3 open source tools for scientific publishing | Opensource.com
ab1630's bookmarks 2018-03-07
"One industry that lags behind others in the adoption of digital or open source tools is the competitive and lucrative world of scientific publishing. Worth over £19B ($26B) annually, according to figures published by Stephen Buranyi in The Guardian last year, the system for selecting, publishing, and sharing even the most important scientific research today still bears many of the constraints of print media. New digital-era technologies present a huge opportunity to accelerate discovery, make science collaborative instead of competitive, and redirect investments from infrastructure development into research that benefits society.
The non-profit eLife initiative was established by the funders of research, in part to encourage the use of these technologies to this end. In addition to publishing an open-access journal for important advances in life science and biomedical research, eLife has made itself into a platform for experimentation and showcasing innovation in research communication—with most of this experimentation based around the open source ethos.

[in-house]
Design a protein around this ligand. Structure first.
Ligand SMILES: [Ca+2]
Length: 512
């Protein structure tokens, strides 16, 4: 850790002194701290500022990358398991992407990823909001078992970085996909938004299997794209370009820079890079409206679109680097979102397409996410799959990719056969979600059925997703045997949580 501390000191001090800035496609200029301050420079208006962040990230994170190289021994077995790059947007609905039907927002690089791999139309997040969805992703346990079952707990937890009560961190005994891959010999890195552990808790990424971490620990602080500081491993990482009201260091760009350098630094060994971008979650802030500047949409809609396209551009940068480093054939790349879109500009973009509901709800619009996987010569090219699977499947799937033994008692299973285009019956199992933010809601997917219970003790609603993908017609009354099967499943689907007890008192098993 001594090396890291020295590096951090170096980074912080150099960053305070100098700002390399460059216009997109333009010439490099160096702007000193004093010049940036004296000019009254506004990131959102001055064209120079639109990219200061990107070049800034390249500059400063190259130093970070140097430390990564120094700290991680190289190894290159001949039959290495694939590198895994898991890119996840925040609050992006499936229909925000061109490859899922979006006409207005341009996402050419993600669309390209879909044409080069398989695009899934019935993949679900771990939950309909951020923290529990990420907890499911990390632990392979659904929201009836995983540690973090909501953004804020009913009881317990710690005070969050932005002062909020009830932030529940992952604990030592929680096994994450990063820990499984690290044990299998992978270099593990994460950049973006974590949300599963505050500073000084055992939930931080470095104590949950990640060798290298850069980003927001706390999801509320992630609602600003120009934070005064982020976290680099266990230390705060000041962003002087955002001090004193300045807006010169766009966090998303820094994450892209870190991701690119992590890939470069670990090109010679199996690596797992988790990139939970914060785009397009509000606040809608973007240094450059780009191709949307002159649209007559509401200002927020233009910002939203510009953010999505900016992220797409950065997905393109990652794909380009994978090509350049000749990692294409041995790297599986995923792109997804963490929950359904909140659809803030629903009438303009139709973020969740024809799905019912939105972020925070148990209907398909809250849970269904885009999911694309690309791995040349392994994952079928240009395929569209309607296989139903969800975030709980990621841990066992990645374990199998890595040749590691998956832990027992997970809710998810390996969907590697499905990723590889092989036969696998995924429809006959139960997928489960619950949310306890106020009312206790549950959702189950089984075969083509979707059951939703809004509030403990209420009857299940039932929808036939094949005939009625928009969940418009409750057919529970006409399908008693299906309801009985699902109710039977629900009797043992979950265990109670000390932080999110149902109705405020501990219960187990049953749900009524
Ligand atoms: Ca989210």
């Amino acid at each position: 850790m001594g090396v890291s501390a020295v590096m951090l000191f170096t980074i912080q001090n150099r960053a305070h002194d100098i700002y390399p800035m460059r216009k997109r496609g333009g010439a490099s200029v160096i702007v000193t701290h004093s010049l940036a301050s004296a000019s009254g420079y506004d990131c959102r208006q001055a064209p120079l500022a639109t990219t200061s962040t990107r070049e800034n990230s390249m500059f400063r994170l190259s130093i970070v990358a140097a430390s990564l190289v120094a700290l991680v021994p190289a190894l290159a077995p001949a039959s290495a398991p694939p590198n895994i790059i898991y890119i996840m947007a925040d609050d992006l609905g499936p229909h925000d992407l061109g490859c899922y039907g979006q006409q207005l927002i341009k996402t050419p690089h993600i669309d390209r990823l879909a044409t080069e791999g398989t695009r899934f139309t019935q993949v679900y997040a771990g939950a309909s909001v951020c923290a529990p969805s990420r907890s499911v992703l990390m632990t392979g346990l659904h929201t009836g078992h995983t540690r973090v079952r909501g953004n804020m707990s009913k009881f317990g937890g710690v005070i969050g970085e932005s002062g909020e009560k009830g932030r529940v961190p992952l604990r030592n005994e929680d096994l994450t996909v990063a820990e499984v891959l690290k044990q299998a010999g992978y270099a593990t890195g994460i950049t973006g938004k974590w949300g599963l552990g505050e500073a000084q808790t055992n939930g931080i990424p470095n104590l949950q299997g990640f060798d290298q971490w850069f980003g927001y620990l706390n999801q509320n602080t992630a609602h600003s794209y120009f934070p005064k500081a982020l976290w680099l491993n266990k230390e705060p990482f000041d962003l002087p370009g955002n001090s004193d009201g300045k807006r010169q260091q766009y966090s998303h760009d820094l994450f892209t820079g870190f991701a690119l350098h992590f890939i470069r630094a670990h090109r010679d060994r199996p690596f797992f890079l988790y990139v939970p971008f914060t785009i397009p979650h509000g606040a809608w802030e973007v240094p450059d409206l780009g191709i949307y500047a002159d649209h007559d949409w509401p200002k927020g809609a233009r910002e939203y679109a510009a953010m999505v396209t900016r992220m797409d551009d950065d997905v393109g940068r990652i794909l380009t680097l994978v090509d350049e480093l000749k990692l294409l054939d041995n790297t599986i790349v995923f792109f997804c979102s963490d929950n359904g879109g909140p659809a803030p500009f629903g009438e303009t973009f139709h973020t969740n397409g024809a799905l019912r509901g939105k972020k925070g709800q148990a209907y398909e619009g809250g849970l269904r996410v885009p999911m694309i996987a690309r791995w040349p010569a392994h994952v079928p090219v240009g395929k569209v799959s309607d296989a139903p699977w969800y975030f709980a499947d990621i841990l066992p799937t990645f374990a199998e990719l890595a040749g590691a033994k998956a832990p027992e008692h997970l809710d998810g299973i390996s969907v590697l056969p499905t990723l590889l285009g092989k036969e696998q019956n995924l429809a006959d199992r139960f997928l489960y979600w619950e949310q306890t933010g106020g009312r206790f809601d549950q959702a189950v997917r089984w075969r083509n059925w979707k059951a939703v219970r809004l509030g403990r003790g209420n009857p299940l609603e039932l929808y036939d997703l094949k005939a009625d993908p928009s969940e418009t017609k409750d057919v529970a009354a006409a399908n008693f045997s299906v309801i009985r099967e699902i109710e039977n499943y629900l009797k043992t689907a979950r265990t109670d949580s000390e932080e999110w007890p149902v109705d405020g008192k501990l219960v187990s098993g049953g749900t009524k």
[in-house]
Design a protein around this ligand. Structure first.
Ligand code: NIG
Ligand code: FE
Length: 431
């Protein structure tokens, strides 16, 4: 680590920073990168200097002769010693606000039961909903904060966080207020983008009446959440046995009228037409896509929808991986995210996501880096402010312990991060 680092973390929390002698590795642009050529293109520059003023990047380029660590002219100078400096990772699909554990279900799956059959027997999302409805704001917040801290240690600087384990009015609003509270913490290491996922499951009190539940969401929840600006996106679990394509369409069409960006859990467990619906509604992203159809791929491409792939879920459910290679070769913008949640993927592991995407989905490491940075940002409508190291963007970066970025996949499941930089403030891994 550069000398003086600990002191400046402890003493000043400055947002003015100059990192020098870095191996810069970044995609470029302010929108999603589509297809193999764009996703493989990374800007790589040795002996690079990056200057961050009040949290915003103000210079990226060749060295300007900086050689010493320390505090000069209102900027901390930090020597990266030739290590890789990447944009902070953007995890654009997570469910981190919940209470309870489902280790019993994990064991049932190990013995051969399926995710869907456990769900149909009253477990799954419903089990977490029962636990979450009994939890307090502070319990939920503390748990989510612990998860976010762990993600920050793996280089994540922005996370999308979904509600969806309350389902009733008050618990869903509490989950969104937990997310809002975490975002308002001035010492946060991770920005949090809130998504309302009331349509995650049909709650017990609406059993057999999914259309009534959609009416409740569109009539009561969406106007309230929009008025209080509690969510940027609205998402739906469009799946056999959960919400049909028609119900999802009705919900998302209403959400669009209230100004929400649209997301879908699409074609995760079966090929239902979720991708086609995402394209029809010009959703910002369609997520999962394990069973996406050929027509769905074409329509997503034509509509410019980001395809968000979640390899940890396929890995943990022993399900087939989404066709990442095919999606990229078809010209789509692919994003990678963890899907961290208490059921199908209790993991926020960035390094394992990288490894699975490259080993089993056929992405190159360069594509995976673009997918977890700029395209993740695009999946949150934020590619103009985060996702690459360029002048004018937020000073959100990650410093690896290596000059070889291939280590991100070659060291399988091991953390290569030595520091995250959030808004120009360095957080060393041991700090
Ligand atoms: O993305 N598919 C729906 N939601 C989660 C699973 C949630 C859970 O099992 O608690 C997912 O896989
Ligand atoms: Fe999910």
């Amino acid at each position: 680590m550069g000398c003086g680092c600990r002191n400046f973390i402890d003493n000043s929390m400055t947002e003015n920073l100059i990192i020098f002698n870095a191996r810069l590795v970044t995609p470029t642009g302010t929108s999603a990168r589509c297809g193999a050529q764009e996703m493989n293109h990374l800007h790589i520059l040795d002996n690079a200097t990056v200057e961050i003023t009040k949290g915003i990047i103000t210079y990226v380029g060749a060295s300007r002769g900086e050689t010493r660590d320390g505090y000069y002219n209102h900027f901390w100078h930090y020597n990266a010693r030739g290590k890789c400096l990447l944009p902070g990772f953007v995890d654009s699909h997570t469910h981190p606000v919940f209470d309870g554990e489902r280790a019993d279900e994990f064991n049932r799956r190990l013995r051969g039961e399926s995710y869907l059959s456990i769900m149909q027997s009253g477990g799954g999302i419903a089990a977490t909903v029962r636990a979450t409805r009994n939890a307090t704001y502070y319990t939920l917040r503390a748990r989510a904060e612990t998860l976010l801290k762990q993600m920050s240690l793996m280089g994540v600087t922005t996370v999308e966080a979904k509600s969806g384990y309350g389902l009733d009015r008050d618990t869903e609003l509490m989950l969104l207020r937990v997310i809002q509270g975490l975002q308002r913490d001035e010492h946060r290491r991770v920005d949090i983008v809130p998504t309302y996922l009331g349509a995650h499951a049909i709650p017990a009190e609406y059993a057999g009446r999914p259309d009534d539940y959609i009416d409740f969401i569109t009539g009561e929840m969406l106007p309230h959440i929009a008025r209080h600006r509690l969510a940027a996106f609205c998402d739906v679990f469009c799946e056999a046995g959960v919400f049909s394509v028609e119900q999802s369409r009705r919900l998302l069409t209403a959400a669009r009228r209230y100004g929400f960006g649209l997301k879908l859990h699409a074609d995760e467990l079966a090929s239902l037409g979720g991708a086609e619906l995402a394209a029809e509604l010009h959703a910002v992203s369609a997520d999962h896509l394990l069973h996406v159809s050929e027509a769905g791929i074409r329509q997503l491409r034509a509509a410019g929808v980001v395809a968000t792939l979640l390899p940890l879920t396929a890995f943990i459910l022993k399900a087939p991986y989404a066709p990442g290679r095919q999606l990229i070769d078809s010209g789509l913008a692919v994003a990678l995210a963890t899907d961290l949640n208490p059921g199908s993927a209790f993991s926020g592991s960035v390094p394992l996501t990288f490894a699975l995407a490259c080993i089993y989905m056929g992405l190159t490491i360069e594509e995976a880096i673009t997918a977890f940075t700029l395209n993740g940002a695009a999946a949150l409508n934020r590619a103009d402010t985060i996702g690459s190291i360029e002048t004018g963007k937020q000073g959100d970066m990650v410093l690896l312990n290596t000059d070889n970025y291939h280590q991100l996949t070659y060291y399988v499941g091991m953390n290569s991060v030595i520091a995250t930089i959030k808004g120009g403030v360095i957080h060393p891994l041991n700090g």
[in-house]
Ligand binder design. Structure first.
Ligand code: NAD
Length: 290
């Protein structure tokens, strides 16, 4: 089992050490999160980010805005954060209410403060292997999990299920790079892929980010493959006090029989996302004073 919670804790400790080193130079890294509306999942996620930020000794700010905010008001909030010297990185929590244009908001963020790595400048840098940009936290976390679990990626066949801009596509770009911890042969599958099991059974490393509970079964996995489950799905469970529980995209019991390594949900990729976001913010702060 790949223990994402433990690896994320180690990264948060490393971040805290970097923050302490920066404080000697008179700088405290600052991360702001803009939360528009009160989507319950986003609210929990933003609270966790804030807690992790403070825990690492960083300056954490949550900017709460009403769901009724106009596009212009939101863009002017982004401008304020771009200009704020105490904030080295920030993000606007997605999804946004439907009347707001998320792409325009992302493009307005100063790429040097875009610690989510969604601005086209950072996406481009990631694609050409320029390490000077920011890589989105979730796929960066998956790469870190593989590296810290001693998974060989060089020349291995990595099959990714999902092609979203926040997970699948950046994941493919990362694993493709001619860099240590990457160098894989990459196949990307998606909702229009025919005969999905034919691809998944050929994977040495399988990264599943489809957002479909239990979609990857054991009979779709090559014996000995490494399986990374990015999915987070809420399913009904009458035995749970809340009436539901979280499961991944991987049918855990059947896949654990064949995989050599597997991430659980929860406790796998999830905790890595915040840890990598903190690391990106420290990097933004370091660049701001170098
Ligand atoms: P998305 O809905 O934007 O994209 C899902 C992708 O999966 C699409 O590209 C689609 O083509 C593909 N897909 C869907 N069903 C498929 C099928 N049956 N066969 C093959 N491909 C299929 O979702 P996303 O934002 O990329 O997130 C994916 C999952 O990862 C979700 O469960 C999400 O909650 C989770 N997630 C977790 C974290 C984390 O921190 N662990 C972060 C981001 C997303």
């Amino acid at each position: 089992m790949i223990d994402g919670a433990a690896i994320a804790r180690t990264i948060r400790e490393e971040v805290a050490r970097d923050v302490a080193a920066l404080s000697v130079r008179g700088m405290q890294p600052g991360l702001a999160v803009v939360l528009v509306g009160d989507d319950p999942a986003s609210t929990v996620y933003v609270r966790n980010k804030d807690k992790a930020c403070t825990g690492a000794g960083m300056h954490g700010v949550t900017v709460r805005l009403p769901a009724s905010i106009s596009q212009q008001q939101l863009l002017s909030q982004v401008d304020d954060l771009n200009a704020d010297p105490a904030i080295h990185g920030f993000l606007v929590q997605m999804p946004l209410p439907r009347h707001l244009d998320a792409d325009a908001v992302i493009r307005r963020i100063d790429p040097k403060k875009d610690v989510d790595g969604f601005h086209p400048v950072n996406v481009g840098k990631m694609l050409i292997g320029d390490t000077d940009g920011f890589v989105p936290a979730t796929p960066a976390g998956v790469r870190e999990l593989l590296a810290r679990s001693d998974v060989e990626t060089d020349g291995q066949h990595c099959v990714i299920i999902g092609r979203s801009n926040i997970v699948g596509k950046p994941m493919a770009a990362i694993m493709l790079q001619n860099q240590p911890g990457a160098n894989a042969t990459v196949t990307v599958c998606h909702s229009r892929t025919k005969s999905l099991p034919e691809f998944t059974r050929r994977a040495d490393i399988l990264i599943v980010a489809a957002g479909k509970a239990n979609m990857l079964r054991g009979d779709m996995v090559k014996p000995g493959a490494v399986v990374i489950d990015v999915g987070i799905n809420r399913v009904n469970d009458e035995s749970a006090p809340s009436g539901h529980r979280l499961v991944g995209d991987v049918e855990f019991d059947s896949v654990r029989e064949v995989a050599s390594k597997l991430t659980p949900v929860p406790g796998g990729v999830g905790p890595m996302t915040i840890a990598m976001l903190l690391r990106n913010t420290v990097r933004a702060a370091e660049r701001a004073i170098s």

Working on open publishing infrastructure projects gives us the opportunity to accelerate the reach and adoption of the types of technology and user experience (UX) best practices that we consider important to the advancement of the academic publishing industry. Speaking very generally, the UX of open source products is often left undeveloped, which can in some cases dissuade people from using it. As part of our investment in OSS development, we place a strong emphasis on UX in order to encourage users to adopt these products.
All of our code is open source, and we actively encourage community involvement in our projects, which to us means faster iteration, more experimentation, greater transparency, and increased reach for our work.
The projects that we are involved in, such as the development of Libero (formerly known as eLife Continuum) and the Reproducible Document Stack, along with our recent collaboration with Hypothesis, show how OSS can be used to bring about positive changes in the assessment, publication, and communication of new discoveries...."